The following is written by the fabulous Kelsi Loos and it appeared in this week’s edition of 72 Hours. If you dig, you can follow her on Twitter here. Enjoy!
For Pat Benatar and Neil Giraldo, it’s always been family first.
The couple, who will bring their We Live For Love Tour to Hollywood Casino in Charles Town, West Virginia, on Friday, have been recording together since 1979 and have been married since 1982.
“This is the only way we know how to be a couple. It’s kind of like breathing … We’re each other’s best friends,” Benatar said in a phone interview, comparing the experience to having a Siamese twin.
Benatar and Giraldo have 19 Top 40 singles under their belts, such as “Hit Me With Your Best Shot,” “Love is a Battlefield” and “We Belong.”
They toured with their children until about five years ago when their youngest daughter turned 18. The couple would plan their calendar around the children’s school schedule, Benatar said, so they wouldn’t miss class.
“We never toured without them when they were little,” she said.
They made time for quiet family life, helping their daughters with homework, going to soccer games and theater performances in addition to being a four-time Grammy winning rock act.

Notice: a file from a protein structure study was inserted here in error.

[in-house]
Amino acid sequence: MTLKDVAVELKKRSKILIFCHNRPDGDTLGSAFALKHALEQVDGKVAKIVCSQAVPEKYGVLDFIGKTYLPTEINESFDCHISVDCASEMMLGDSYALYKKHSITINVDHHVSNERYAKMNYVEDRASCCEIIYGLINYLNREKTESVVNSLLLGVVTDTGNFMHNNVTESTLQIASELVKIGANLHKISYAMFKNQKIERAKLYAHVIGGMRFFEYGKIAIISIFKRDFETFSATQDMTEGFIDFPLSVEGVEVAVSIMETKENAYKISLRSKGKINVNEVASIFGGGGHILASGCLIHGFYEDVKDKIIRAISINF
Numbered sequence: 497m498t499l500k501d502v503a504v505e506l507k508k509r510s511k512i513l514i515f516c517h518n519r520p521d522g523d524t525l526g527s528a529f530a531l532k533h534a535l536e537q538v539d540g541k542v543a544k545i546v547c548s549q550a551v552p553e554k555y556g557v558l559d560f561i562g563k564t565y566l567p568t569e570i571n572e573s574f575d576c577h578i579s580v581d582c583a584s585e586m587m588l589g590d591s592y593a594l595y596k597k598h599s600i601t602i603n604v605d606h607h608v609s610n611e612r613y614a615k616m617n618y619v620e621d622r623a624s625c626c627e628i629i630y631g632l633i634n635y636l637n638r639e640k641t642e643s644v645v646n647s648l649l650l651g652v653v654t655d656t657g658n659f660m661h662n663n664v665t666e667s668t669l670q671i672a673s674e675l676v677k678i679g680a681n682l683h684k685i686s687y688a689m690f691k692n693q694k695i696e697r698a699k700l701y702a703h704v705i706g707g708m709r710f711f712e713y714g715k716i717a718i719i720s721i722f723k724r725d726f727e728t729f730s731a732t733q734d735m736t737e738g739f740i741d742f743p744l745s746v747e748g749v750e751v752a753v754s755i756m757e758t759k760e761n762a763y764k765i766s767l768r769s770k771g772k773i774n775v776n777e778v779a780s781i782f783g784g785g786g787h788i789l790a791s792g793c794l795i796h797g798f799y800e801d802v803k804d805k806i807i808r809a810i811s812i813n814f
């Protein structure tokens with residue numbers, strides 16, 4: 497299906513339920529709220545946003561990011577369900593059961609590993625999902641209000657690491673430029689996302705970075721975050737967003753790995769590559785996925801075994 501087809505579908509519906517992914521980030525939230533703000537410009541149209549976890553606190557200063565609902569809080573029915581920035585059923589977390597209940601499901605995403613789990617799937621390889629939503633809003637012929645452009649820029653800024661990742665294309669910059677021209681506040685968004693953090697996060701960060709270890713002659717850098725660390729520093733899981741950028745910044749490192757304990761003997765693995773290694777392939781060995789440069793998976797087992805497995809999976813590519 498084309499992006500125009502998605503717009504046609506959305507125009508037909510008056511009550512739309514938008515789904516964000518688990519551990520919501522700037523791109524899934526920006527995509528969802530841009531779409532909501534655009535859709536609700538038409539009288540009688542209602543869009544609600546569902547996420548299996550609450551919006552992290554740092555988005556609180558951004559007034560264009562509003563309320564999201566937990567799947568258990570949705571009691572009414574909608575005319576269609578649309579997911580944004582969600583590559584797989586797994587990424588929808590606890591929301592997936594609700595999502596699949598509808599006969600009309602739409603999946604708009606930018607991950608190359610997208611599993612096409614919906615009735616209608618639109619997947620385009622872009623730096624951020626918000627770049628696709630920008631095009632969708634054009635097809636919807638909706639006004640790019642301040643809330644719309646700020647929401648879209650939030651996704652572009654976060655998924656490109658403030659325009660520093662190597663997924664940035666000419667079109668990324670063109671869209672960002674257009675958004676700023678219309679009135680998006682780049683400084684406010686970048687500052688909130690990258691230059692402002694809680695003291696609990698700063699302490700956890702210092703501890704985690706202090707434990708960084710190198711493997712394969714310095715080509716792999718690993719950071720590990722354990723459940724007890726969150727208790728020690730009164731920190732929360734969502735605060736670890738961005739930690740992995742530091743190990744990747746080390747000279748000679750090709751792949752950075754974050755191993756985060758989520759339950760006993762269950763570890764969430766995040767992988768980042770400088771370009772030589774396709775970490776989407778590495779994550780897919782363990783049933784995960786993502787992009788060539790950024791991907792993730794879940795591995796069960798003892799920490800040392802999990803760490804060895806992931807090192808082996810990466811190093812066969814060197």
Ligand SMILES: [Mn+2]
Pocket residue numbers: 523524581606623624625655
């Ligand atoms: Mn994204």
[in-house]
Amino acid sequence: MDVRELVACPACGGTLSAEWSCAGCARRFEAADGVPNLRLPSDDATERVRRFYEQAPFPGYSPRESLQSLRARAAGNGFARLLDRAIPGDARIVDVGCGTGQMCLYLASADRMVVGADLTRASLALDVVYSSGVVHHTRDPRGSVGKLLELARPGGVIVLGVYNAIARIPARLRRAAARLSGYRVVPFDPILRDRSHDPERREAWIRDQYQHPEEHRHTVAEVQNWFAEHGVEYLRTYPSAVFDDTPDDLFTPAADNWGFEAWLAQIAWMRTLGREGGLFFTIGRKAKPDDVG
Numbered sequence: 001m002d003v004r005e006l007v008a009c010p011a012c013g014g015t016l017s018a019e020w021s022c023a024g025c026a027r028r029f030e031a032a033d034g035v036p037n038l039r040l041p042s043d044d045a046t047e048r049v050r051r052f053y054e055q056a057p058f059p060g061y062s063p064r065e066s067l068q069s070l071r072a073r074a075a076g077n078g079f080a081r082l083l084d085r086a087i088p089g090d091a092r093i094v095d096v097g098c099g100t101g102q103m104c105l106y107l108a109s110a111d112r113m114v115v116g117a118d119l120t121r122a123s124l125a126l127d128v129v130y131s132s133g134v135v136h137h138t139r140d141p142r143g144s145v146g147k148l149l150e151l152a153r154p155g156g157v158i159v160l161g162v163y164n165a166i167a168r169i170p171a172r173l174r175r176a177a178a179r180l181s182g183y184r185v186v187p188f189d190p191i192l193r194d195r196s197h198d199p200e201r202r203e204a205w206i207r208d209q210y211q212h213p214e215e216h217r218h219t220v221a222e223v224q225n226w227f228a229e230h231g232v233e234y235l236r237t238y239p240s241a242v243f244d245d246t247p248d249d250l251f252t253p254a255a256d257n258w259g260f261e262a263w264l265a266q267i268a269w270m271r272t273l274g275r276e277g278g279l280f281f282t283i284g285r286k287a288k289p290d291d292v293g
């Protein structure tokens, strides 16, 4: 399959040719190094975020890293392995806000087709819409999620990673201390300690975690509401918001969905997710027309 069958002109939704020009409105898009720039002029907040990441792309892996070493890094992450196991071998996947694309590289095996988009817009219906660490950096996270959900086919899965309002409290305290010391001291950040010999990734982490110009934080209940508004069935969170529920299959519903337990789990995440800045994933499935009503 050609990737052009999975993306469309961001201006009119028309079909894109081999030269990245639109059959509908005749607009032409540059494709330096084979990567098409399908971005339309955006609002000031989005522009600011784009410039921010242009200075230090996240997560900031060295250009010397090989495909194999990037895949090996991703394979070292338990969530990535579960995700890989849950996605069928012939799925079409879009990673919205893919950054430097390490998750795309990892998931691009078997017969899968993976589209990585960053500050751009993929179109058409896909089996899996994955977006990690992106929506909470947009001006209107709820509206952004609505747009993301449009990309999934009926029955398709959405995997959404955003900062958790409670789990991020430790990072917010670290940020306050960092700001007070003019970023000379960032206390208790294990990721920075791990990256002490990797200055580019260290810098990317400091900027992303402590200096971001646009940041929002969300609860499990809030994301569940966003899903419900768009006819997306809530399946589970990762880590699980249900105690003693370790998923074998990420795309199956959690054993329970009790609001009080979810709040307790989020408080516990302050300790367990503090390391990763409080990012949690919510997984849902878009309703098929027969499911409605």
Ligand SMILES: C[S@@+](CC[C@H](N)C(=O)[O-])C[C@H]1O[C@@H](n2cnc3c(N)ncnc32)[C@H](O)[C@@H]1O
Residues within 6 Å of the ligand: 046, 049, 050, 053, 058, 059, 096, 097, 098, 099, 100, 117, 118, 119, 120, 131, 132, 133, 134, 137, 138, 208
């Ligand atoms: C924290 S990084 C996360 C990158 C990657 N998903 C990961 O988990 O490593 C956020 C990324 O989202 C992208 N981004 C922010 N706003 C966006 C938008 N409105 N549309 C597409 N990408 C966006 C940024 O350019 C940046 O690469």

Now that their two daughters have grown and no longer come on tour, the road experience has come “full circle,” Benatar added, with she and Giraldo on their own.
“This is a very delicate dance that we’re very adept at doing after all of these years.”
In light of her longevity, Benatar is rightly considered a pioneer for women in rock music. She was one of the first female artists to appear on MTV with the video for 1980’s “You Better Run.” For her own part, however, she sees herself as one piece of a larger women’s rights movement already in progress when her career took off.
“I was the perfect age for all of that to take root,” she said.
While Benatar said she respected women rockers who came before her like Janis Joplin and singer-songwriters like Joni Mitchell and Joan Baez, she primarily set out to emulate the artists she enjoyed listening to who happened to be men.
“I didn’t want to be the girl singer in the band. I wanted to be the band,” she said. “I wanted to sing the songs that the guys would sing. … What I was looking for was to be Mick Jagger or Robert Plant.”
When asked how she’s kept playing music fresh throughout her decades-long career, she said that although traveling can get a little tiresome, the performance aspect of touring simply never gets old.
“Every day is a different set of people, so it’s not that difficult to keep it going all the time,” she said.
She and Giraldo have a set of hits dubbed the “Holy 14” they play at just about every show, so to shake it up, she said they have considered doing a set of relatively “deep cuts” like “Too Long a Soldier,” “Little Paradise” and “Heat of the Night.”
Benatar and Giraldo have sold more than 26 million albums, according to publicist Emily Noto, including the multi-platinum “Crimes of Passion.”